This week Carnival Cruise Lines was awarded $24 million in a lawsuit with Rolls Royce related to the repeated failure of the “Mermaid Pods” on Carnival’s Cunard Line ship, Queen Mary 2. Last year about this time Royal Caribbean Cruise Lines reached a $65 million settlement with Rolls Royce over Mermaid pods on its ships.
Mermaid pods are either the best or the worst idea to hit the cruise industry in the last few decades. “Podded” propulsion is intended to replace conventional shafting rudders and stern thrusters. A “pod” is a strut extending from the hull of a ship with an electric motor inside, driving a propeller.
Pods are often designed to rotate, thus performing the job of both the rudder and a stern thruster. The podwas intended the cruise captain’s dream in that it was designed to provide efficient slow speed maneuvering and a simper propulsion system over all. Rolls Royce marketed their “Mermaid pods” and sold quite a few to Royal Caribbean and Carnival Cruise Lines. A competitor, ABB sold their “Azipods” to Norwegian Cruise Lines among others.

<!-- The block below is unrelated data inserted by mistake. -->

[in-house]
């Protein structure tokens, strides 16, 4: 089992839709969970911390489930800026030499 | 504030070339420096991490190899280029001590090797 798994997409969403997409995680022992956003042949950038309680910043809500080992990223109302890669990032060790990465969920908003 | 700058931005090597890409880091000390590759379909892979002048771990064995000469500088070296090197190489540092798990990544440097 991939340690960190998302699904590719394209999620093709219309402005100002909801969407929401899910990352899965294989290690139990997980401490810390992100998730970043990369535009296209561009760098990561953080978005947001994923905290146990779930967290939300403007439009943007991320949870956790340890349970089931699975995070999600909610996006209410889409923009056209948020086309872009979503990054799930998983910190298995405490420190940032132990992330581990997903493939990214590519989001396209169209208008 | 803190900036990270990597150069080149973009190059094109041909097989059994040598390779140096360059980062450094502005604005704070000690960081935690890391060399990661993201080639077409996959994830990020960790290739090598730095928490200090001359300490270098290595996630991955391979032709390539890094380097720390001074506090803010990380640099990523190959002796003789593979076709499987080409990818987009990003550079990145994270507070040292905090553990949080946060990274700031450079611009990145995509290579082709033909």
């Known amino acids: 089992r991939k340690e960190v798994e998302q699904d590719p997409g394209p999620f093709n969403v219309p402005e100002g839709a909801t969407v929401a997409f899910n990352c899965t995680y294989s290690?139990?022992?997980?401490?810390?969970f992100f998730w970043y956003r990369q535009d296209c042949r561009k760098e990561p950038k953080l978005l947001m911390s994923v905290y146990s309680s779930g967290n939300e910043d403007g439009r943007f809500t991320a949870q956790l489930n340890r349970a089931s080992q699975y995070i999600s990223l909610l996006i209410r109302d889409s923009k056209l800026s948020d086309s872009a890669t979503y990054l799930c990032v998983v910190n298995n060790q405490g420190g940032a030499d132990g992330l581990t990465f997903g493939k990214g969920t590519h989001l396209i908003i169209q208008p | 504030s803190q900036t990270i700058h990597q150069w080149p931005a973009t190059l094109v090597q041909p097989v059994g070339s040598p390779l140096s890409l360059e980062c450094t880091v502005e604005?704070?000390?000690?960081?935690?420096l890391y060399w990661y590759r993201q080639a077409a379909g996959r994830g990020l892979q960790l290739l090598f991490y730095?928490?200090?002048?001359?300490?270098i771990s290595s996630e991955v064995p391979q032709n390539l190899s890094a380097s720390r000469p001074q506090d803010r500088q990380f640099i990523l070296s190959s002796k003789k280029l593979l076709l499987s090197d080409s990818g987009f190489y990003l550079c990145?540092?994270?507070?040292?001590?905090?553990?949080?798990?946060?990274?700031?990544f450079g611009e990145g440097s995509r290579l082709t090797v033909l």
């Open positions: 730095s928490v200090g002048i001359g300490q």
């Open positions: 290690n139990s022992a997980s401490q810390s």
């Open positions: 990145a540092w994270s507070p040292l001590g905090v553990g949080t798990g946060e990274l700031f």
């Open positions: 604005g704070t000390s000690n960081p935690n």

The problem is that the propellers which drive the ship are directing all their thrust through a rotating bearing on the pod which also happens to steer the ship. If this bearing fails, the ship loses the pod as both a propulsion system and as a rudder. Most ships have either two or four pods. Often two pods are fixed (non-rotating.) Royal Caribbean had Mermaid Pods installed on their subsidiary Celebrity Cruise Line Millennium class ships and soon were taking ships out of service and cancelling cruises because of Mermaid pod bearing failures.
Notwithstanding the problems that the cruise lines have had with pod propulsion, it still remains the system of choice in cruise ship new building. The new Cunard liners Queen Elizabeth and Queen Victoria both have Azipod propulsion.